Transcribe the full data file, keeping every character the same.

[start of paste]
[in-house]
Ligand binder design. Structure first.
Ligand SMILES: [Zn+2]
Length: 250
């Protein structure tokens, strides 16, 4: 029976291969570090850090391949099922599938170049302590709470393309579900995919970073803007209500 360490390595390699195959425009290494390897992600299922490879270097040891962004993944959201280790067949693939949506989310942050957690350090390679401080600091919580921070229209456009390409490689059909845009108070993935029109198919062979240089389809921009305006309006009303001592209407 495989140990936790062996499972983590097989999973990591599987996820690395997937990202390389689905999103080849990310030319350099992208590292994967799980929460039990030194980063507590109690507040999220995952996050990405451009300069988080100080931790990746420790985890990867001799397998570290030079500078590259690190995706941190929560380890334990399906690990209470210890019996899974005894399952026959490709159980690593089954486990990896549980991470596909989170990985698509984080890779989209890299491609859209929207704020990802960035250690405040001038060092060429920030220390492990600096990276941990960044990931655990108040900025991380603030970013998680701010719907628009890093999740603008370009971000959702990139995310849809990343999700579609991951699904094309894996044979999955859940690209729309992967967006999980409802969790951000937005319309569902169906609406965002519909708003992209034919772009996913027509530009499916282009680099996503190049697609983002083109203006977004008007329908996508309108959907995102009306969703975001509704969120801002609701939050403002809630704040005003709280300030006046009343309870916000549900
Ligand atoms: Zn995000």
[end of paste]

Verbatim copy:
[in-house]
Ligand binder design. Structure first.
Ligand SMILES: [Zn+2]
Length: 250
């Protein structure tokens, strides 16, 4: 029976291969570090850090391949099922599938170049302590709470393309579900995919970073803007209500 360490390595390699195959425009290494390897992600299922490879270097040891962004993944959201280790067949693939949506989310942050957690350090390679401080600091919580921070229209456009390409490689059909845009108070993935029109198919062979240089389809921009305006309006009303001592209407 495989140990936790062996499972983590097989999973990591599987996820690395997937990202390389689905999103080849990310030319350099992208590292994967799980929460039990030194980063507590109690507040999220995952996050990405451009300069988080100080931790990746420790985890990867001799397998570290030079500078590259690190995706941190929560380890334990399906690990209470210890019996899974005894399952026959490709159980690593089954486990990896549980991470596909989170990985698509984080890779989209890299491609859209929207704020990802960035250690405040001038060092060429920030220390492990600096990276941990960044990931655990108040900025991380603030970013998680701010719907628009890093999740603008370009971000959702990139995310849809990343999700579609991951699904094309894996044979999955859940690209729309992967967006999980409802969790951000937005319309569902169906609406965002519909708003992209034919772009996913027509530009499916282009680099996503190049697609983002083109203006977004008007329908996508309108959907995102009306969703975001509704969120801002609701939050403002809630704040005003709280300030006046009343309870916000549900
Ligand atoms: Zn995000």